Education - French or English?


(jayne watkins) #1

Having read some of people’s opinions and experiences of french education it got me thinking…


Before moving to France I was teacher of Food Technology and Business Studies (primarily) in a secondary school in England. In English schools the students have no option when it comes to practical subjects, they have to do them from age 11. My experience of this was that they covered skills like cookery, woodwork, metalwork, building skills, etc. depending on the school. I worked in a school where 80% of the students were transient and therefore had differing experiences and attitudes to school and what they learnt. Most of the students I taught treated the practical subjects and academic subjects with equal distaste! You can lead a horse to water but you can’t make it drink as the saying goes… We also had a lot of special needs students and a department in school to address the most severe cases.



When we moved to France my son was 8 years old and couldn’t speak or understand a word of French. He was the only English boy in his class and having been labelled a disruptive student in his English primary school I knew I was in for a lot of worry and heartache.


However within his first year of primary school here in France his school highlighted his problem with study – he was dyslexic. He was referred to an orthophoniste (speech therapist) and this helped him immeasurably and he overcame many of his problems. He now reads and writes French better than he does English and verbally he is fluent (I am very envious of him).


We learnt an awful lot too by sitting in with him for these sessions, for example, how the French alphabet is pronounced and where certain words, phrases, etc derived from. I would have liked to go on to more of these sessions as they were very interesting! At this point I would like to say that the two a week sessions with the orthophoniste were after school – he wasn’t taken out of main stream school and therefore it added no further stress to him, especially with integrating into his class and feeling accepted.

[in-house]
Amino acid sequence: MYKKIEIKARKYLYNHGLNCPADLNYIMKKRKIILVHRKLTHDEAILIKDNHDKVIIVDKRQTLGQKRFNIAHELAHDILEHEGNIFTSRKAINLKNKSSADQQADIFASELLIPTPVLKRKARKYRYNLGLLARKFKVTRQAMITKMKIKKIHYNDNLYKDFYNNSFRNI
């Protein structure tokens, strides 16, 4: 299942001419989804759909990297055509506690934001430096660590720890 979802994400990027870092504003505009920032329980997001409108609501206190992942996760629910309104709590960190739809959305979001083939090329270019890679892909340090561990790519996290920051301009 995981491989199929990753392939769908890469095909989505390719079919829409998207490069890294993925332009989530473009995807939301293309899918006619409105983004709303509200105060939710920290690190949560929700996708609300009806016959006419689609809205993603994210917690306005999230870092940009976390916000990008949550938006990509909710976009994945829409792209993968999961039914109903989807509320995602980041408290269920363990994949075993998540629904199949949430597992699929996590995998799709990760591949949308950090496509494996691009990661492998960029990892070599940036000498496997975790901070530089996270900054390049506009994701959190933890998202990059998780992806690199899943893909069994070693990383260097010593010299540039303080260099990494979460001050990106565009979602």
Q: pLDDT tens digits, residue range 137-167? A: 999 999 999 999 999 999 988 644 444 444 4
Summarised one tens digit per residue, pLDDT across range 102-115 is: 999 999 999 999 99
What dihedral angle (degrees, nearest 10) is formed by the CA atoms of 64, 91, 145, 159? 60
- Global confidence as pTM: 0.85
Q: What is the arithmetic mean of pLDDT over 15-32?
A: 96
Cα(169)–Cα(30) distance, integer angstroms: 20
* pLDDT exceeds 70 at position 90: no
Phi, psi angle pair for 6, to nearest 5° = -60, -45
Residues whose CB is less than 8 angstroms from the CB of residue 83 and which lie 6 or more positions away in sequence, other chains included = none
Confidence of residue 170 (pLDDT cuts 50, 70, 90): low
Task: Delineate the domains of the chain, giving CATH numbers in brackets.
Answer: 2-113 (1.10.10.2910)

I was surprised however that he didn’t appear to have any practical study as such once he got to secondary level. He never went on to liking school, or I should say, liking school work and I, along with his teachers had an up hill battle on our hands. He left at the age of 15 to begin an apprenticeship which involves him continuing with core studies of maths and French along with the technical aspects of the work. This first year of his apprenticeship means he goes to college alternate weeks and does work experience in a local business the other weeks. I’m very happy to say that he is a changed character – top of the class, including maths and French and the teachers pleased with him. The same goes for his two bosses where he works so fingers crossed he’ll be happy and continue to do well – he now has ambition, which I love to see!



My point to all this is I think that the French system offers the student an alternative that can work for the less academic student without alienating them.


I wonder also – does the French system encourage practical skills to be passed down through family rather than experience? It would be interesting to see how many students study woodwork for example because their father does it as his work? Is it just the girls that cook at home that turn to catering?



I now also have a five year old daughter who is the opposite of my son in just about every way! She loves school and is looking forward to starting primary (at age 6 in France) where she will indeed get homework (devoir) to do and she keeps asking for it now! The work that she does now in maternelle (nursery) is far superior to the work that my son did at the same age in England – they really do stretch them here and, incidentally, discipline is superb. She does get lots of practical activity too – cookery, craft work of all sorts, etc.


Another advantage to French schools is their “cantine” – the food is exceptional and you know when they come home that they have had a well balanced, and made, meal, usually 4 courses….



This is not a comprehensive picture of my thoughts about French versus English re. education and I am no expert – just an interested observer. I would like to say though that both systems have a lot to offer and it seems to me that a lot depends on other influences such as personality, teachers and schools and general understanding of the system. I would be interested to hear other people’s opinions or experiences on this matter….

(jayne watkins) #2

Thank you for your feedback Kathryn. I daresay things have changed a lot in the English system since I left the UK so like I said it was just my observations/experiences. Although I am no longer a teacher, education and differing views of it, still interest me and of course I still have 2 school age children :slight_smile:


(Kathryn Dobson) #3

This is really interesting to read as there is so much discussion as to which is ‘best’. My take on it is that there is no perfect education system and it is our job as parents to fill in those gaps. Here in France, it’s important to think about creative activities but then in the UK I am sure there are other gaps.

Like many, I have very little experience of UK schools as my eldest was 5 when we moved to Switzerland. It’s easy to have rose coloured glasses on when times get a bit rough wherever you are so its interesting to read your comparison of the two systems. Thank you :slight_smile: